“With respect to the premium rate charged by a health insurance issuer for health insurance coverage offered in the individual or small group market—

(A) such rate shall vary with respect to the particular plan or coverage involved only by—

(i) whether such plan or coverage covers an individual or family;
(ii) rating area,

(iii) age, except that such rate shall not vary by more than 3 to 1 for; and
(iv) tobacco use, except that such rate shall not vary by more than 1.5 to 1; and

(B) such rate shall not vary with respect to the particular plan or coverage involved by any other factor not (above).”

Small employers are defined as groups with 100 or fewer employees, or 50 or fewer at the discretion of the states.

For those plans that can use the full capabilities of rewards and incentives, these areas of emphasis are likely to grow and expand as employers continue to seek ways of controlling health costs and improving productivity. A healthy employee is a more productive employee.

A survey of employers by Towers Watson showed that 22 percent of employers provide financial incentives using biometric screenings (e.g. blood pressure, cholesterol, body mass index) and wellness appraisals. An additional 19 percent of large employers are moving in that direction. While only 3-4 percent of employers currently provide financial incentives based on meeting bio-metric standards, results oriented incentives are considered the next generation of consumerism to motivate broad plan membership engagement in healthy choices.

There are many companies developing the technology and compliance standards to assist employers. One such company offering the technology to monitor and administer reward programs based on biometrics is Bravo Wellness. Forbes magazine highlighted Towlift, Inc., which selected Bravo Wellness’ incentive-based integrated wellness program. After four years of this strategy, Towlift has experienced a reduction of 26 percent in per capita claims cost and steady improvement in employee heath measures.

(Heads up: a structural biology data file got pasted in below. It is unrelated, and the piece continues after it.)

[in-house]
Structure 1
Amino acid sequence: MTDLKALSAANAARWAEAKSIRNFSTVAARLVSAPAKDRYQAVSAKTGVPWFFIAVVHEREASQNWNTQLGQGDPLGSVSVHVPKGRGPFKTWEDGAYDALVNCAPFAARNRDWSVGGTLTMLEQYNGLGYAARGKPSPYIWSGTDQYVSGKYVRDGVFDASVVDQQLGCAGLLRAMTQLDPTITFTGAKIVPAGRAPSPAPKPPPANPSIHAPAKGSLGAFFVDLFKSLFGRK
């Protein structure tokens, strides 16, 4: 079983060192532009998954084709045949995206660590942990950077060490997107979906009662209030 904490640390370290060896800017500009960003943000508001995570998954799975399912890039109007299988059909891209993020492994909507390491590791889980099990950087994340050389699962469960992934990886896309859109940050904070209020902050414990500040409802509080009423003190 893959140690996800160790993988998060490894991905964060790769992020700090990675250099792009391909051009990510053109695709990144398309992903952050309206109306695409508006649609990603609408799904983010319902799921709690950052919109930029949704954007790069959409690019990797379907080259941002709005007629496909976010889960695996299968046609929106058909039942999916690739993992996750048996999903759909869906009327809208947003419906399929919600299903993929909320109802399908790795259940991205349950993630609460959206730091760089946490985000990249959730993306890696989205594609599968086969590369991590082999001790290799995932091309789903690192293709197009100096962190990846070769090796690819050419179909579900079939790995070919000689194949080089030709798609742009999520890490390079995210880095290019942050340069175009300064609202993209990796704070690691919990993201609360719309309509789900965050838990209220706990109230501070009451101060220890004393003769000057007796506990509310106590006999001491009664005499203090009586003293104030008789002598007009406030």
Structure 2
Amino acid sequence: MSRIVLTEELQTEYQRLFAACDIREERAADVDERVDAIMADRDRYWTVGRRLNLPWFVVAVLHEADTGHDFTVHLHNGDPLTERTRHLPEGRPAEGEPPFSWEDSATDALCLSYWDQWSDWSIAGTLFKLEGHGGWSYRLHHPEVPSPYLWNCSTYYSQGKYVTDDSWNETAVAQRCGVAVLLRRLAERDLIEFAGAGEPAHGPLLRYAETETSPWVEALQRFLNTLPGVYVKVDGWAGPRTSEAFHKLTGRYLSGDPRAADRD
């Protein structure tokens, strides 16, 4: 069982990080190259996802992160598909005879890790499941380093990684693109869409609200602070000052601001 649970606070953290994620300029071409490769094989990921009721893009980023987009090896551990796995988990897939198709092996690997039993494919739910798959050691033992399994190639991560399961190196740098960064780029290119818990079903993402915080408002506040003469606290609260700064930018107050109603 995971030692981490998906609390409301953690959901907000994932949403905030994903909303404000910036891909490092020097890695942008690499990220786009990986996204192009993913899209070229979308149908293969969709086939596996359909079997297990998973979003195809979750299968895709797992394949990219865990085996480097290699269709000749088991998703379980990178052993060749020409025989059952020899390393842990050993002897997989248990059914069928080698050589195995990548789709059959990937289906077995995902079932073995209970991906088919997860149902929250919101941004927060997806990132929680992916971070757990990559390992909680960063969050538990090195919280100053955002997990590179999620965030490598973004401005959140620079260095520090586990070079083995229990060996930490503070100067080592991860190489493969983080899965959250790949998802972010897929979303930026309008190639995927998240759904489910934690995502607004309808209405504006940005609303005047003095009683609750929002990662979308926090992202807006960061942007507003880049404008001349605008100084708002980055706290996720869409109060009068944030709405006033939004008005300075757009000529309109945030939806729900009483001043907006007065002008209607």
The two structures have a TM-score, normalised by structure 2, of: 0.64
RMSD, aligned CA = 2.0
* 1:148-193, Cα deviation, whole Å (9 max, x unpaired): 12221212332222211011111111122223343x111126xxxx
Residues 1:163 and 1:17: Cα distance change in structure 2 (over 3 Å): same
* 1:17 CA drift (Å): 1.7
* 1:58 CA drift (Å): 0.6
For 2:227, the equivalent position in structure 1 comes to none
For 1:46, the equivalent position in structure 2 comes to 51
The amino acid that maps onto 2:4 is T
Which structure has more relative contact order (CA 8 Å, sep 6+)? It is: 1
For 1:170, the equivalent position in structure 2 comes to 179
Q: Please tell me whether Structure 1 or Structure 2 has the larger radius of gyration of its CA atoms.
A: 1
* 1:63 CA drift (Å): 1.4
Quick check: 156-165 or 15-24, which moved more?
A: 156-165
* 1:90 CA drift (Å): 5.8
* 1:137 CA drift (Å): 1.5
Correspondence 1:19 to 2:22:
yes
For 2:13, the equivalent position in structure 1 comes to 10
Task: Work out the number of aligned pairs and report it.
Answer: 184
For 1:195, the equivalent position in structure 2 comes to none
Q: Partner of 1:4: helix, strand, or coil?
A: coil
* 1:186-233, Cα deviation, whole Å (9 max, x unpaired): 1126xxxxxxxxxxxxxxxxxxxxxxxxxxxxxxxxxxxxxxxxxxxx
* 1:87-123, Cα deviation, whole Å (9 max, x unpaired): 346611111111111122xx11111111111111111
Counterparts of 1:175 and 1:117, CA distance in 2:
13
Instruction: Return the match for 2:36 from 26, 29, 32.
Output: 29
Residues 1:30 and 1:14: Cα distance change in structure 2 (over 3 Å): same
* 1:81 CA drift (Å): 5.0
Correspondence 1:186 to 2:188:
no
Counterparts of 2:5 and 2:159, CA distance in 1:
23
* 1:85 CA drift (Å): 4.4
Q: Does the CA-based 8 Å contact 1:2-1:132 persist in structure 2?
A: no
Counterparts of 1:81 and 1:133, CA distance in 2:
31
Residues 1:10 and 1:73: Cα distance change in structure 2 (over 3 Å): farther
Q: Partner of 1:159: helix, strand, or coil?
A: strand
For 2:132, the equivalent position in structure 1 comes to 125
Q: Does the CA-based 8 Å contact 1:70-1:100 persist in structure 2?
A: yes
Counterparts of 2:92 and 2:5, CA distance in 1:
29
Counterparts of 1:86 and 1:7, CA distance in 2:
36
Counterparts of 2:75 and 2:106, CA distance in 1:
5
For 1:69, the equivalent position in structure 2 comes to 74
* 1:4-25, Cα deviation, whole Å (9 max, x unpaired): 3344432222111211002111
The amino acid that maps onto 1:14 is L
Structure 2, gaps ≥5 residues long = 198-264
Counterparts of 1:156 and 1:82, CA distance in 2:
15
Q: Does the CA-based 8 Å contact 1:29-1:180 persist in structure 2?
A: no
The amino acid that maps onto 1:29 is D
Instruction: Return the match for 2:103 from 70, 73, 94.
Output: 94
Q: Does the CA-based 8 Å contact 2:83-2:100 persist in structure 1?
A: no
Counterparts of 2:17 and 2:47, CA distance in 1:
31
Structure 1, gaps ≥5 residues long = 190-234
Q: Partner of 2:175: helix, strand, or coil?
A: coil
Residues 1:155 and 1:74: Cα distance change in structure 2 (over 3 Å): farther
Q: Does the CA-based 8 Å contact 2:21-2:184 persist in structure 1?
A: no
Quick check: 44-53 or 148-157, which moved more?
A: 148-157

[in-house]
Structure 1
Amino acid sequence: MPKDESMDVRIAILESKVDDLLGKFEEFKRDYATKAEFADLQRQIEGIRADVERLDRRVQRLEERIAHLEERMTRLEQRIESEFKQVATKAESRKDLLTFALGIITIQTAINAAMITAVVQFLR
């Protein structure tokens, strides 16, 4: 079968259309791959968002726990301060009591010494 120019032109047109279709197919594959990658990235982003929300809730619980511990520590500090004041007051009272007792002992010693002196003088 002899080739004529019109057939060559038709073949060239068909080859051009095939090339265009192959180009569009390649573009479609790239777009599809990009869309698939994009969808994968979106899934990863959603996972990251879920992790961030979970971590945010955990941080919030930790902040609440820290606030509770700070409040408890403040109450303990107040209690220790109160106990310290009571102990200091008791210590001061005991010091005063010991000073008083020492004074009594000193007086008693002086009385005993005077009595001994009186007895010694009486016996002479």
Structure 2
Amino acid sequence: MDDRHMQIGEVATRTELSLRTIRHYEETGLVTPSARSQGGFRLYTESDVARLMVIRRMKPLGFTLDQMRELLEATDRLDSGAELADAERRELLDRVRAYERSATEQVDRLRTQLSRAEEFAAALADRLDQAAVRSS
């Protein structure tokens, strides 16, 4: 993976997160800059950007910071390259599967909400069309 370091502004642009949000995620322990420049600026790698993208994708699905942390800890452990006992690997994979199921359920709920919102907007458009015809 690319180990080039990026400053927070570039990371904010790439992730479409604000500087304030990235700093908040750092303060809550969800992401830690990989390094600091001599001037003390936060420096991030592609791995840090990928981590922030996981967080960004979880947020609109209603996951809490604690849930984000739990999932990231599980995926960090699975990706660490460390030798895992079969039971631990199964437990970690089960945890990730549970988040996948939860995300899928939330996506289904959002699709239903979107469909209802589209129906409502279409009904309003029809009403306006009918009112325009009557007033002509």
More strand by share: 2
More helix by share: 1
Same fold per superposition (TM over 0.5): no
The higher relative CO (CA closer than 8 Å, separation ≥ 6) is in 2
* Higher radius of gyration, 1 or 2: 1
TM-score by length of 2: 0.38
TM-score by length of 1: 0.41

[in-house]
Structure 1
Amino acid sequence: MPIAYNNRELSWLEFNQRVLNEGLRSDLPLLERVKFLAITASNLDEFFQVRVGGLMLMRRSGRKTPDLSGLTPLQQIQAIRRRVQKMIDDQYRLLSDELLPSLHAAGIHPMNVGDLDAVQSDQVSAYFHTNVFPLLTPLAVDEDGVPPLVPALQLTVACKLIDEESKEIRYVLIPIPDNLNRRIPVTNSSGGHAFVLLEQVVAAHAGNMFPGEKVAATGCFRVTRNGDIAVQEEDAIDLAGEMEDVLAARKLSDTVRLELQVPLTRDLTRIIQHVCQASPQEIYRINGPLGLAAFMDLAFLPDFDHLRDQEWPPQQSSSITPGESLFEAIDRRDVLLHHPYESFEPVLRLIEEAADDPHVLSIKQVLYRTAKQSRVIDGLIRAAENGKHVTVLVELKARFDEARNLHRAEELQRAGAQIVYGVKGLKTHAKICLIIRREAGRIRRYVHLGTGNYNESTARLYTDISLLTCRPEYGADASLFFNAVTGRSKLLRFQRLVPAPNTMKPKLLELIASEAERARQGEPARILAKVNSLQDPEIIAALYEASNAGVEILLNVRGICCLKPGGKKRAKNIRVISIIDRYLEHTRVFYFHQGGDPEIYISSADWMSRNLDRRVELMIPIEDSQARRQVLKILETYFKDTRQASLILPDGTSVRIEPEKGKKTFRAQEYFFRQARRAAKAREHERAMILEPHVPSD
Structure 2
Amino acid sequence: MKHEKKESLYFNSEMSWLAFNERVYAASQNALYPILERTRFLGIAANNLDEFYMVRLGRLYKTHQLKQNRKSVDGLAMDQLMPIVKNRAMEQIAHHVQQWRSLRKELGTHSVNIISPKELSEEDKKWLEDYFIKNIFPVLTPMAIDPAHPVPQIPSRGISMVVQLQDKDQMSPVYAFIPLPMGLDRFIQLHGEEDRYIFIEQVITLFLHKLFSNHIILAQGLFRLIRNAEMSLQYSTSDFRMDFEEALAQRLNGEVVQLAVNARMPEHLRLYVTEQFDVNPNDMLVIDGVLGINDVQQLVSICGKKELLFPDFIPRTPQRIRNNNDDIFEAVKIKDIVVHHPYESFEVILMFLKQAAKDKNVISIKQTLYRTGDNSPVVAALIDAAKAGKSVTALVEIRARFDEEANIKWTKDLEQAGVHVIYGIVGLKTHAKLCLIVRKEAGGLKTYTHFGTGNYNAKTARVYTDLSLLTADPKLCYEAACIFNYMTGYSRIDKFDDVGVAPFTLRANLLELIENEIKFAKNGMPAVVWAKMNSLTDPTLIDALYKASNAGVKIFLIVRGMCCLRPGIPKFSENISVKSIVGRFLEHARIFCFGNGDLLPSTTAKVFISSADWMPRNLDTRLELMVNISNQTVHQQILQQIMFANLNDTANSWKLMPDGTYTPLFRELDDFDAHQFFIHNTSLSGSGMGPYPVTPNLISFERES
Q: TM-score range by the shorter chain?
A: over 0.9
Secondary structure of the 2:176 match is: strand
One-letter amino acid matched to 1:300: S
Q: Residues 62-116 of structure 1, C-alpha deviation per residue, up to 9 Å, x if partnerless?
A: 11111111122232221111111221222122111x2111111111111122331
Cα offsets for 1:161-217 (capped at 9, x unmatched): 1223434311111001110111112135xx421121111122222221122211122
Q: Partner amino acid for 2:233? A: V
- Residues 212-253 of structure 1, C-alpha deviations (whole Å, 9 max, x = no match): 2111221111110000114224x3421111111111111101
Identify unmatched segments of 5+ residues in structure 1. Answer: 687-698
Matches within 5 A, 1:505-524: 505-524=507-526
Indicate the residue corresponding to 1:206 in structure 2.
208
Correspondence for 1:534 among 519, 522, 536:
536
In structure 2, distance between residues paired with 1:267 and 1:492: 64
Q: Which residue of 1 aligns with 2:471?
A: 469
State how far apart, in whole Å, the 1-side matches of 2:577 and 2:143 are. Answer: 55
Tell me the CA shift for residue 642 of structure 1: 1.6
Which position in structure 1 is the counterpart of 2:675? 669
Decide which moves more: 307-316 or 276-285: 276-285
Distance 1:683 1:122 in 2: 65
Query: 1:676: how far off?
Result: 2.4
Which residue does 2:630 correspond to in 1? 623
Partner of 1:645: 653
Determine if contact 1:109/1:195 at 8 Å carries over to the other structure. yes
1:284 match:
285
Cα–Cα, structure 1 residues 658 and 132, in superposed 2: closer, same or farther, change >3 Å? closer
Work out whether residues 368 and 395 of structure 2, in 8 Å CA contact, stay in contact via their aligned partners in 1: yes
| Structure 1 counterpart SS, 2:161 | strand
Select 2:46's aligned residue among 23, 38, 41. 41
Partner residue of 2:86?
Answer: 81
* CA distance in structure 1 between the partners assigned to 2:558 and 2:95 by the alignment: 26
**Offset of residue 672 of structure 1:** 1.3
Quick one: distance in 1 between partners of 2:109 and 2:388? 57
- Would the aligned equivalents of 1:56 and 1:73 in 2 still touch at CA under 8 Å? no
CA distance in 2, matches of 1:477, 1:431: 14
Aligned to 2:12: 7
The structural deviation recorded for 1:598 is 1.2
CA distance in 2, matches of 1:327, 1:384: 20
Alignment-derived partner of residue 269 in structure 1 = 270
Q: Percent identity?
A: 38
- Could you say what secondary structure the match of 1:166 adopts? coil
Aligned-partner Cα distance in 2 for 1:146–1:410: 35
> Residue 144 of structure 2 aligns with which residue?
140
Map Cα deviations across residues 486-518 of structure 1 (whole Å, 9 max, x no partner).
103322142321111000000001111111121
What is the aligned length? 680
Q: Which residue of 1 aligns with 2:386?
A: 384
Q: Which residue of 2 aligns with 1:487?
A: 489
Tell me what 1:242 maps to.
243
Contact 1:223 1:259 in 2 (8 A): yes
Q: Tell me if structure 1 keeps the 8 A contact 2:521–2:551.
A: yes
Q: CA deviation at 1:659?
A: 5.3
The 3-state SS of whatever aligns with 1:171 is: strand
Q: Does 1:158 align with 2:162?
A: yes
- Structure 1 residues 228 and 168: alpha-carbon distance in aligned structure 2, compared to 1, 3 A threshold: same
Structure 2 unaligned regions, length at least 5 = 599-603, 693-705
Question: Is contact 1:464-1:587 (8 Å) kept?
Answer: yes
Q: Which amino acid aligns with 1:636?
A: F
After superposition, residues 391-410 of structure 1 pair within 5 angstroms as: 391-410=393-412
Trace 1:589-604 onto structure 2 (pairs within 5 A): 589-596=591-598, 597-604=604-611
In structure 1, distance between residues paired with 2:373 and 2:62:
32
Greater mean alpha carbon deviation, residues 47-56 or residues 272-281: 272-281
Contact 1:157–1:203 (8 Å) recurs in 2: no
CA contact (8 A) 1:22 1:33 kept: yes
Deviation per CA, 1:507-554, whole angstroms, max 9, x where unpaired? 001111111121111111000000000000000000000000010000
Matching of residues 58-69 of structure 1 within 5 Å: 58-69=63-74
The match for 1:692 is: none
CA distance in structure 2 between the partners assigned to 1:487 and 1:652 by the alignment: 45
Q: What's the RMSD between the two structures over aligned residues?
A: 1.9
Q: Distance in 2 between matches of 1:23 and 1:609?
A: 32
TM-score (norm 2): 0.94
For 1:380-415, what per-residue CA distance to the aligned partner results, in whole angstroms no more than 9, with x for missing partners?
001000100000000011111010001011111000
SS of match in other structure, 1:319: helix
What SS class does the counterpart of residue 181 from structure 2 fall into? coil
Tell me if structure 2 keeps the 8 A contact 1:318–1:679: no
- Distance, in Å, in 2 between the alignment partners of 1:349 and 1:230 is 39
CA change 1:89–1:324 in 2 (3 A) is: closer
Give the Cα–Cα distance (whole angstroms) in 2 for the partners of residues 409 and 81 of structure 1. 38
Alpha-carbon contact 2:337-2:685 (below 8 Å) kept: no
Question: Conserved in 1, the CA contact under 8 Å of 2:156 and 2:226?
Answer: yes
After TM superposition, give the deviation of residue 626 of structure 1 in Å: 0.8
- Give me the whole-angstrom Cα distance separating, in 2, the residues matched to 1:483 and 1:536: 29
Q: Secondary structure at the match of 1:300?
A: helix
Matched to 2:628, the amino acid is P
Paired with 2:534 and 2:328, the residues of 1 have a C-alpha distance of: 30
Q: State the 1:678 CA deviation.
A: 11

Employers can experience immediate cost savings by linking employee incentives to participation and results. There are obviously some rules to follow. When an incentive or penalty is contingent upon the satisfaction of a health standard, it must:

  • Be designed to promote health and wellness
  • Not exceed 20 percent (30 percent under PPACA) of the total cost of coverage offered
  • Be available to all “similarly situated individuals”
  • Offer an appeals process
  • Provide “reasonable alternatives” when appropriate
  • Offer re-assessments at least once per year

Employers need to be cautious and flexible during these times of uncertainty. Do what is needed and what has been proven to work anyway. Consumerism with rewards and incentives has proven itself over the last eight years to lower costs and improve quality of care. The American Academy of Actuaries reports that health care consumerism lowers costs in the first year by 12-20 percent and reduces future trend increases by 3-5 percent.

Changes based on health care consumerism won’t have to be reversed even if ObamaCare is successfully challenged in court, a different Congress limits ObamaCare implementation, or a new Administration changes the regulatory rules. If it is consumerism versus ObamaCare, consumerism will win in the end. It’s an American health reform idea that will not be defeated.

Ronald E. Bachman FSA, MAAA, is a Senior Fellow at the Center for Health Transformation, an organization founded by former U.S. House Speaker Newt Gingrich. Nothing written here is to be construed as necessarily reflecting the views of the Foundation or the Center for Health Transformation or as an attempt to aid or hinder regulations or the passage of any bill before the U.S. Congress.